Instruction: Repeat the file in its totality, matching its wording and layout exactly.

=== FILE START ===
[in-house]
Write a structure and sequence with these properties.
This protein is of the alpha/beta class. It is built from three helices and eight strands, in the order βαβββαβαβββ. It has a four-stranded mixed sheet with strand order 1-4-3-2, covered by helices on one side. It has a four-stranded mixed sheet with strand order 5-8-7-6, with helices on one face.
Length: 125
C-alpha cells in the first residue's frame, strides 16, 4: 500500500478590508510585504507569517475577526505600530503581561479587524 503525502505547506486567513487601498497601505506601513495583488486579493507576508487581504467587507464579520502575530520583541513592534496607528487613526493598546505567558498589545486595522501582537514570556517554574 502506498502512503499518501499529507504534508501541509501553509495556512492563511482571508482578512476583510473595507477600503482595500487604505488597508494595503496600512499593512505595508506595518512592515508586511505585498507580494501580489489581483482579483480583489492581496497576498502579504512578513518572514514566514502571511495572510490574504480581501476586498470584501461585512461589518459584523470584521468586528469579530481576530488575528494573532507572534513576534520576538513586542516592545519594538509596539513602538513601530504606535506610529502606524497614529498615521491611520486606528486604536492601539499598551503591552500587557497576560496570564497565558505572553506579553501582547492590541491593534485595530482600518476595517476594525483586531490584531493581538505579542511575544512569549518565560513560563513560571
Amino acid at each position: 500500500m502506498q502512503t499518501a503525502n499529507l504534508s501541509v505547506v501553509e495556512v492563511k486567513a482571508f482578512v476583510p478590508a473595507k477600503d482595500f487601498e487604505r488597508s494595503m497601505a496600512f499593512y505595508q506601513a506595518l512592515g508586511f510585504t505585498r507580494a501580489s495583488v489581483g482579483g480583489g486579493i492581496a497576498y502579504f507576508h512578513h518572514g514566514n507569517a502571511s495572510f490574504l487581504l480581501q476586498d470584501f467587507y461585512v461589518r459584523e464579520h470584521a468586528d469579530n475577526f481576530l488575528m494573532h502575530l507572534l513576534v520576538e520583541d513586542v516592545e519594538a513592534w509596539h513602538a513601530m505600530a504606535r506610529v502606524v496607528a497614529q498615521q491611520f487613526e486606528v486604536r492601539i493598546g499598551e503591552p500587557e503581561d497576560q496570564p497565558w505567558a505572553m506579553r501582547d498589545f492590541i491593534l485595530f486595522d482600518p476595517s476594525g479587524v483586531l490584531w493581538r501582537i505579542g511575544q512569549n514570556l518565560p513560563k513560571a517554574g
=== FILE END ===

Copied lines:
[in-house]
Write a structure and sequence with these properties.
This protein is of the alpha/beta class. It is built from three helices and eight strands, in the order βαβββαβαβββ. It has a four-stranded mixed sheet with strand order 1-4-3-2, covered by helices on one side. It has a four-stranded mixed sheet with strand order 5-8-7-6, with helices on one face.
Length: 125
C-alpha cells in the first residue's frame, strides 16, 4: 500500500478590508510585504507569517475577526505600530503581561479587524 503525502505547506486567513487601498497601505506601513495583488486579493507576508487581504467587507464579520502575530520583541513592534496607528487613526493598546505567558498589545486595522501582537514570556517554574 502506498502512503499518501499529507504534508501541509501553509495556512492563511482571508482578512476583510473595507477600503482595500487604505488597508494595503496600512499593512505595508506595518512592515508586511505585498507580494501580489489581483482579483480583489492581496497576498502579504512578513518572514514566514502571511495572510490574504480581501476586498470584501461585512461589518459584523470584521468586528469579530481576530488575528494573532507572534513576534520576538513586542516592545519594538509596539513602538513601530504606535506610529502606524497614529498615521491611520486606528486604536492601539499598551503591552500587557497576560496570564497565558505572553506579553501582547492590541491593534485595530482600518476595517476594525483586531490584531493581538505579542511575544512569549518565560513560563513560571
Amino acid at each position: 500500500m502506498q502512503t499518501a503525502n499529507l504534508s501541509v505547506v501553509e495556512v492563511k486567513a482571508f482578512v476583510p478590508a473595507k477600503d482595500f487601498e487604505r488597508s494595503m497601505a496600512f499593512y505595508q506601513a506595518l512592515g508586511f510585504t505585498r507580494a501580489s495583488v489581483g482579483g480583489g486579493i492581496a497576498y502579504f507576508h512578513h518572514g514566514n507569517a502571511s495572510f490574504l487581504l480581501q476586498d470584501f467587507y461585512v461589518r459584523e464579520h470584521a468586528d469579530n475577526f481576530l488575528m494573532h502575530l507572534l513576534v520576538e520583541d513586542v516592545e519594538a513592534w509596539h513602538a513601530m505600530a504606535r506610529v502606524v496607528a497614529q498615521q491611520f487613526e486606528v486604536r492601539i493598546g499598551e503591552p500587557e503581561d497576560q496570564p497565558w505567558a505572553m506579553r501582547d498589545f492590541i491593534l485595530f486595522d482600518p476595517s476594525g479587524v483586531l490584531w493581538r501582537i505579542g511575544q512569549n514570556l518565560p513560563k513560571a517554574g